Remember when TEDTalks were a thing? You know, back when they were given by people like scientists and and humanitarians?
These days giving a TEDTalk has all the gravitas as calling yourself an associate. TEDTalks used to only take place at TED – the invite-only annual confab that used to take place in Monterey CA. Like Lollapalooza, it used to be cool in the 90s.
But now it’s been franchised out. Like Dairy Queens, every po-dunk has a TEDx or something. Whenever I see someone has “TEDTalk” on their resume or LinkedIn profile, it’s hard for me to take them seriously now. It’s like they’re bragging about having to give a speech in Des Moines. I’d be more impressed if you told me you had a duet with Pit Bull.
It doesn’t matter the topic either. There’s a TEDTalk way of talking that is so condescending. In case you’re about to give one yourself here’s a little cheatsheet on how to give a TEDTalk on any topic.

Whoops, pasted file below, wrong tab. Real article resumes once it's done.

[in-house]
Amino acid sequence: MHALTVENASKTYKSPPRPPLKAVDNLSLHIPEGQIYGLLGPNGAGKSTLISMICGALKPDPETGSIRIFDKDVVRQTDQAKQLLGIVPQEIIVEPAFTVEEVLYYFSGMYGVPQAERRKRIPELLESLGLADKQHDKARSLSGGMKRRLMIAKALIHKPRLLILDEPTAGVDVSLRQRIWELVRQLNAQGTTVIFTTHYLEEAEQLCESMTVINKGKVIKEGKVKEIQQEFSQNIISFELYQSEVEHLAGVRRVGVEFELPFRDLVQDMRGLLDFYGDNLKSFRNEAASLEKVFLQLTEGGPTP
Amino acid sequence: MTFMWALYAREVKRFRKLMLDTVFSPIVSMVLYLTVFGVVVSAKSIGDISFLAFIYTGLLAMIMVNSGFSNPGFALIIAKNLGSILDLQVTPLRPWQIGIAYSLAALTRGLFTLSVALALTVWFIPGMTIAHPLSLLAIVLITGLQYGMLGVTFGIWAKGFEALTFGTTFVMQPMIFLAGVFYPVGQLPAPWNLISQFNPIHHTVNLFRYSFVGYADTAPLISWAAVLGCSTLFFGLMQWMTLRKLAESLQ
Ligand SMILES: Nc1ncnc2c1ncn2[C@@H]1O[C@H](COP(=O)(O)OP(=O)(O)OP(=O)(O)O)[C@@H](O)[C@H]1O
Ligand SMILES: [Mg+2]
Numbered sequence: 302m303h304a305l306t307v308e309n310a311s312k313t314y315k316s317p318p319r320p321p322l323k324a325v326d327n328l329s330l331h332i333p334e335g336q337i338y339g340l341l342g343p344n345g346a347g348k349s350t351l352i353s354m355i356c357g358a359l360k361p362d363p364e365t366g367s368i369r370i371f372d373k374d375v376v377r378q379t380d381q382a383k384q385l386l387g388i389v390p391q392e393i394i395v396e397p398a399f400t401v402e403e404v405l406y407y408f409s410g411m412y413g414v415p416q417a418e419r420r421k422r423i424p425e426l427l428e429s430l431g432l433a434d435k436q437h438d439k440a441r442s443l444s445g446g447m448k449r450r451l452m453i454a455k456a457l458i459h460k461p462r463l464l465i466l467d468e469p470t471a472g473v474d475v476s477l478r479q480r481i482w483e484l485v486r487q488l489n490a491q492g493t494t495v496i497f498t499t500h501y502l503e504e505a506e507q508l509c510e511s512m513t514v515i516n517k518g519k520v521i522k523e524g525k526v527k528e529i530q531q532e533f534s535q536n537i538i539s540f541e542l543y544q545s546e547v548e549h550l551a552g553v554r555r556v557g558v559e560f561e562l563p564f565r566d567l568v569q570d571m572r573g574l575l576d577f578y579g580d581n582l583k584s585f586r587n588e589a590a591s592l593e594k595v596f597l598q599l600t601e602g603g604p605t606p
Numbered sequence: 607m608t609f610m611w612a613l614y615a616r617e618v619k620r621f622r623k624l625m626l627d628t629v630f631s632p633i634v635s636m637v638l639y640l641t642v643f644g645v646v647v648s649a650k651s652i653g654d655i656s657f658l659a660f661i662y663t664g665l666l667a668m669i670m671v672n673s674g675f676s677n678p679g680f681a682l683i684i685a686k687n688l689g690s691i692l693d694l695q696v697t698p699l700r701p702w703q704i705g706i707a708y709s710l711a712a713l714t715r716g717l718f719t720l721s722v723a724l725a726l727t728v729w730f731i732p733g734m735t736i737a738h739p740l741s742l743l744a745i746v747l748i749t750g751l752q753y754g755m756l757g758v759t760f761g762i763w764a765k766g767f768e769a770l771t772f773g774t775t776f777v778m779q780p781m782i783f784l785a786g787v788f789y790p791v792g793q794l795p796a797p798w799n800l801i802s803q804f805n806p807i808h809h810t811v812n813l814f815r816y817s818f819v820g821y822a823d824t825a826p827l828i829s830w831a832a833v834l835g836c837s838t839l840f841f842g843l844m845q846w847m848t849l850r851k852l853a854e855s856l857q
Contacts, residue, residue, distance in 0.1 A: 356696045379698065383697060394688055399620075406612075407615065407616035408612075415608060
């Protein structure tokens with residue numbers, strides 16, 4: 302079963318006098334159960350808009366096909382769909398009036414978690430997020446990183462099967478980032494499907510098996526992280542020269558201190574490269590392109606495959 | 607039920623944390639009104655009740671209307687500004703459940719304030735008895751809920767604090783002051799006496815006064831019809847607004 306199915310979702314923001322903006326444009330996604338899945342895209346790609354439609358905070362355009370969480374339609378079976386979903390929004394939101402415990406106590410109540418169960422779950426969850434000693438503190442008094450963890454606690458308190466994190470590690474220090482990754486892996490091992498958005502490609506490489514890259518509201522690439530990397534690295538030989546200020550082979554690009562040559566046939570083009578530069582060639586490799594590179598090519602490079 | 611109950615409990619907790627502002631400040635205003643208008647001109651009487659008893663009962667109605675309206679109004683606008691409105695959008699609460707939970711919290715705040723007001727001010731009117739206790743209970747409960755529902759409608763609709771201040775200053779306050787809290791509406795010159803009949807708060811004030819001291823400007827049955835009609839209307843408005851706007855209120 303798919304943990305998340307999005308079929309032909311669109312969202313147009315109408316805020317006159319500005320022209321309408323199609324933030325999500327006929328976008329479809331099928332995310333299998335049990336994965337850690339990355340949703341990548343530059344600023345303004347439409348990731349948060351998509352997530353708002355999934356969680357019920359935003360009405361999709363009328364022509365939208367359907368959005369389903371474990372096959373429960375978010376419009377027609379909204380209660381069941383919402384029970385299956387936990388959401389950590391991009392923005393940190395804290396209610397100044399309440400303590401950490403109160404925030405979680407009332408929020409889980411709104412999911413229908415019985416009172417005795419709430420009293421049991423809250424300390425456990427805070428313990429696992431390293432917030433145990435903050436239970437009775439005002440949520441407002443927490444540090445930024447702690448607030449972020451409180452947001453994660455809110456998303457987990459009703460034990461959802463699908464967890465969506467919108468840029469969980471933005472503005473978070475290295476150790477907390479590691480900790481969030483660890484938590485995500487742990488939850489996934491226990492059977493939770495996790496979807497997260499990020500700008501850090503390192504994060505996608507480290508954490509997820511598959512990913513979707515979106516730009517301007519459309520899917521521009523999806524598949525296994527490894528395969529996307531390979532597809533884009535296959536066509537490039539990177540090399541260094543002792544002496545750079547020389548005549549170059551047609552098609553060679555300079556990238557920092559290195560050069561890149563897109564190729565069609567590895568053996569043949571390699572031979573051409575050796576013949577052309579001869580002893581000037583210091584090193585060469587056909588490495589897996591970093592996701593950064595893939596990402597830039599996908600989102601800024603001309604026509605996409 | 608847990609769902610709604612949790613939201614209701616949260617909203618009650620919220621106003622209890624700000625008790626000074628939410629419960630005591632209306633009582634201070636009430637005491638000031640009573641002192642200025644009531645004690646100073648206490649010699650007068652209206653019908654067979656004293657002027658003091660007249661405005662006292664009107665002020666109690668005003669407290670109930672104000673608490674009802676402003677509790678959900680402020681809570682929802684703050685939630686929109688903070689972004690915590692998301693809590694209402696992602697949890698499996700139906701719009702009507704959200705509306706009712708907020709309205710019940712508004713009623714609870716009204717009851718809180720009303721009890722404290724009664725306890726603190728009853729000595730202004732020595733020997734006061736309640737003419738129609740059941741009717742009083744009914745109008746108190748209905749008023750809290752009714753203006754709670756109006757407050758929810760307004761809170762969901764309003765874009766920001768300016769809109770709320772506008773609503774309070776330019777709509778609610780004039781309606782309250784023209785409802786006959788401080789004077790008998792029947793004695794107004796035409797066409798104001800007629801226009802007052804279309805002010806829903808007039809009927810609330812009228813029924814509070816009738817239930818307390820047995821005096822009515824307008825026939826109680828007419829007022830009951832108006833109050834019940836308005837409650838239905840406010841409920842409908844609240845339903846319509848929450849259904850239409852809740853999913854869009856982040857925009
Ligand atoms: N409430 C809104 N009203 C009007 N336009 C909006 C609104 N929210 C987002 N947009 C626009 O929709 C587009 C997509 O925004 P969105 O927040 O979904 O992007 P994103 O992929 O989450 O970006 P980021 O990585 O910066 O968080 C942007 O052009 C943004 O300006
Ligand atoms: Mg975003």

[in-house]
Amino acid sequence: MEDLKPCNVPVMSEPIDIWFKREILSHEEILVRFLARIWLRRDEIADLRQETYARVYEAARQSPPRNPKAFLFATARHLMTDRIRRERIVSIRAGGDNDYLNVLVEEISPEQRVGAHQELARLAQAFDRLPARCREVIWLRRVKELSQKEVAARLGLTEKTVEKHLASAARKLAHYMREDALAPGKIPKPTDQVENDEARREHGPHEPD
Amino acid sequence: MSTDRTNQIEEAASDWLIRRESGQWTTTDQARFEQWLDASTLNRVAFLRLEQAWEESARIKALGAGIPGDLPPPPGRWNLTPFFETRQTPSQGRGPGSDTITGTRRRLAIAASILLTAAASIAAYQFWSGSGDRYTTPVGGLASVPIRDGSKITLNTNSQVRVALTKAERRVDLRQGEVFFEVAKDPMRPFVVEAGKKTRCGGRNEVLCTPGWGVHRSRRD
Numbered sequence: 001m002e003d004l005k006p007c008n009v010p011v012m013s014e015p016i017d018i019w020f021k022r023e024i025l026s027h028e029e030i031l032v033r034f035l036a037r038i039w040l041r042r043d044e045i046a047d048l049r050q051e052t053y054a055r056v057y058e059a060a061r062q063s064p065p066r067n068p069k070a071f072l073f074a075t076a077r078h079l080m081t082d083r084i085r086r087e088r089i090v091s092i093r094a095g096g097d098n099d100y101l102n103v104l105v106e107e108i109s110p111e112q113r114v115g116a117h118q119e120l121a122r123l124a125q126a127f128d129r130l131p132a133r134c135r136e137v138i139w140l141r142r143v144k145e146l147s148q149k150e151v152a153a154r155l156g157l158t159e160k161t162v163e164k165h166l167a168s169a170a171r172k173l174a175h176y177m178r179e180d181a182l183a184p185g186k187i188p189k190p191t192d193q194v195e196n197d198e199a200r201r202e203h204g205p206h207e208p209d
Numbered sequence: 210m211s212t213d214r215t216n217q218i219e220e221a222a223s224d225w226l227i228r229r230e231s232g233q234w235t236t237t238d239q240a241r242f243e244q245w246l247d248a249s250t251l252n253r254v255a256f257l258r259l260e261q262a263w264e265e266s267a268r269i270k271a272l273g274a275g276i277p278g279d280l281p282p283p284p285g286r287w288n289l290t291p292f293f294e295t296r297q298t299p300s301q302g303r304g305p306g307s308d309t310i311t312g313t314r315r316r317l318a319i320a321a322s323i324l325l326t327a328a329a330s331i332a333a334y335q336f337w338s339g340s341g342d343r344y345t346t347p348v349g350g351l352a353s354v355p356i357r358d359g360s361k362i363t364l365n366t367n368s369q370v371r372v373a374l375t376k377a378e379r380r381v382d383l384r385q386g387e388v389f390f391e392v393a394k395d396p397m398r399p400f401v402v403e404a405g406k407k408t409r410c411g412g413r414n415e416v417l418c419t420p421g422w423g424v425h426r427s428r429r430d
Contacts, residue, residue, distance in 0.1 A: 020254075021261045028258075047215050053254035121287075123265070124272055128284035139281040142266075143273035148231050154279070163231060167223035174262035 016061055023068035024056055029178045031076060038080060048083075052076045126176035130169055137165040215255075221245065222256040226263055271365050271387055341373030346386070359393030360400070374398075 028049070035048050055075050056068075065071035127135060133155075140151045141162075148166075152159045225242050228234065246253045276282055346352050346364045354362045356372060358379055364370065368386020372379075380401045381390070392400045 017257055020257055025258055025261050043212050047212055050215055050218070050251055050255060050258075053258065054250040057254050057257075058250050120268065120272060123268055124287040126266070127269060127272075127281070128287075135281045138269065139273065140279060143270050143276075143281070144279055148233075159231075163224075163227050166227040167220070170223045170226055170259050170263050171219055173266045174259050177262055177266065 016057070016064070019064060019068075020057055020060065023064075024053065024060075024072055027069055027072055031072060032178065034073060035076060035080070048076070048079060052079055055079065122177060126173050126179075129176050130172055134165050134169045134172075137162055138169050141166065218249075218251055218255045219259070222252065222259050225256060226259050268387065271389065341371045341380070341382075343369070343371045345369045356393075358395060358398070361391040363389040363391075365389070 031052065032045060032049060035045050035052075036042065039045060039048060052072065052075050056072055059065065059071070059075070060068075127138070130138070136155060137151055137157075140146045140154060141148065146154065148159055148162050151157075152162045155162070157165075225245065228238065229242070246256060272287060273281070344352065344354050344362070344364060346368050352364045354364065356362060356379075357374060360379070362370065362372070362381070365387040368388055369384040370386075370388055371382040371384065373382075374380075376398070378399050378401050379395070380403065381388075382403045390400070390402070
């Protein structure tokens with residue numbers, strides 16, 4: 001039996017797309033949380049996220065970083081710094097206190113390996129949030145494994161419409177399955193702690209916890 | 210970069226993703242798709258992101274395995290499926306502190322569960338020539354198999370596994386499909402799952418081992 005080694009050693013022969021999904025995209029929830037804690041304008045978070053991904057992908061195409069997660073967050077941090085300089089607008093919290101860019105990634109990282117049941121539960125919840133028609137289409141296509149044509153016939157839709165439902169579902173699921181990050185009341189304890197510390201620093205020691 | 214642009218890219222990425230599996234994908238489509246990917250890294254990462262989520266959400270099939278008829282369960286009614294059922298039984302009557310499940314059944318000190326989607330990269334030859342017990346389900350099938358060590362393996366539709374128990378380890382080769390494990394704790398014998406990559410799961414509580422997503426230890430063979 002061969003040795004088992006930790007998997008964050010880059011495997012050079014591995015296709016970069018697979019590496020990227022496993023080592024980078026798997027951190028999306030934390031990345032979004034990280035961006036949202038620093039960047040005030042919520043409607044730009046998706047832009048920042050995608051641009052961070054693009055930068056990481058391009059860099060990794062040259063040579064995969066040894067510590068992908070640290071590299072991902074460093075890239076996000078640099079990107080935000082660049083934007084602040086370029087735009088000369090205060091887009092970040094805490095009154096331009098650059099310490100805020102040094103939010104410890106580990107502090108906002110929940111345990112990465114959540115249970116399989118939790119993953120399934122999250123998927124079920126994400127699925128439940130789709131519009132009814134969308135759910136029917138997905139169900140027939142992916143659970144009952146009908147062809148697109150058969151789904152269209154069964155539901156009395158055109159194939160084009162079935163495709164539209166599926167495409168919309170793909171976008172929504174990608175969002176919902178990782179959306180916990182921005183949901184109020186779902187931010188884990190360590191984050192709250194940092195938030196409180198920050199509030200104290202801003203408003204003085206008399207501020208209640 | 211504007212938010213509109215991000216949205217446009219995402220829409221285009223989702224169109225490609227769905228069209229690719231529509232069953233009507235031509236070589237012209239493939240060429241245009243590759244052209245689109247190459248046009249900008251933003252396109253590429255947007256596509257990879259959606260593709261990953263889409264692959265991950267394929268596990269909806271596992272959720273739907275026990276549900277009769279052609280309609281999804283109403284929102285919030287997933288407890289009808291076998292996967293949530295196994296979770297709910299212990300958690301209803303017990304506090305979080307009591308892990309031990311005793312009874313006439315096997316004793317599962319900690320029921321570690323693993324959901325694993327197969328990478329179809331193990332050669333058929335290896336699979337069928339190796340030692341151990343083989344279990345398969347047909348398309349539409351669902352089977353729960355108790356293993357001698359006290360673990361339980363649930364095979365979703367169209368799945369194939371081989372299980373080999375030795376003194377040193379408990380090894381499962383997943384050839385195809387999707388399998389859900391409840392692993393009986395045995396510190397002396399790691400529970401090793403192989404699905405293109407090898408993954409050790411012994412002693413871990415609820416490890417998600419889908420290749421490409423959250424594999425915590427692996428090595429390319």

- Assume the audiences hasn’t given it much thought to whatever topic you’ve picked. Don’t worry if they have.
- Bring up a fact and present it as a little-known fact.
- Mansplain whatever you came there to talk about.
I’m going to talk to you about a topic very few us even think about. That topic is thought leadership. Here’s a little known fact. There are two crucial things that make someone a thought leader. One is thought. And you’ll never guess the second. Are you ready. Its leadership. I bet you were thinking it was going to be something else.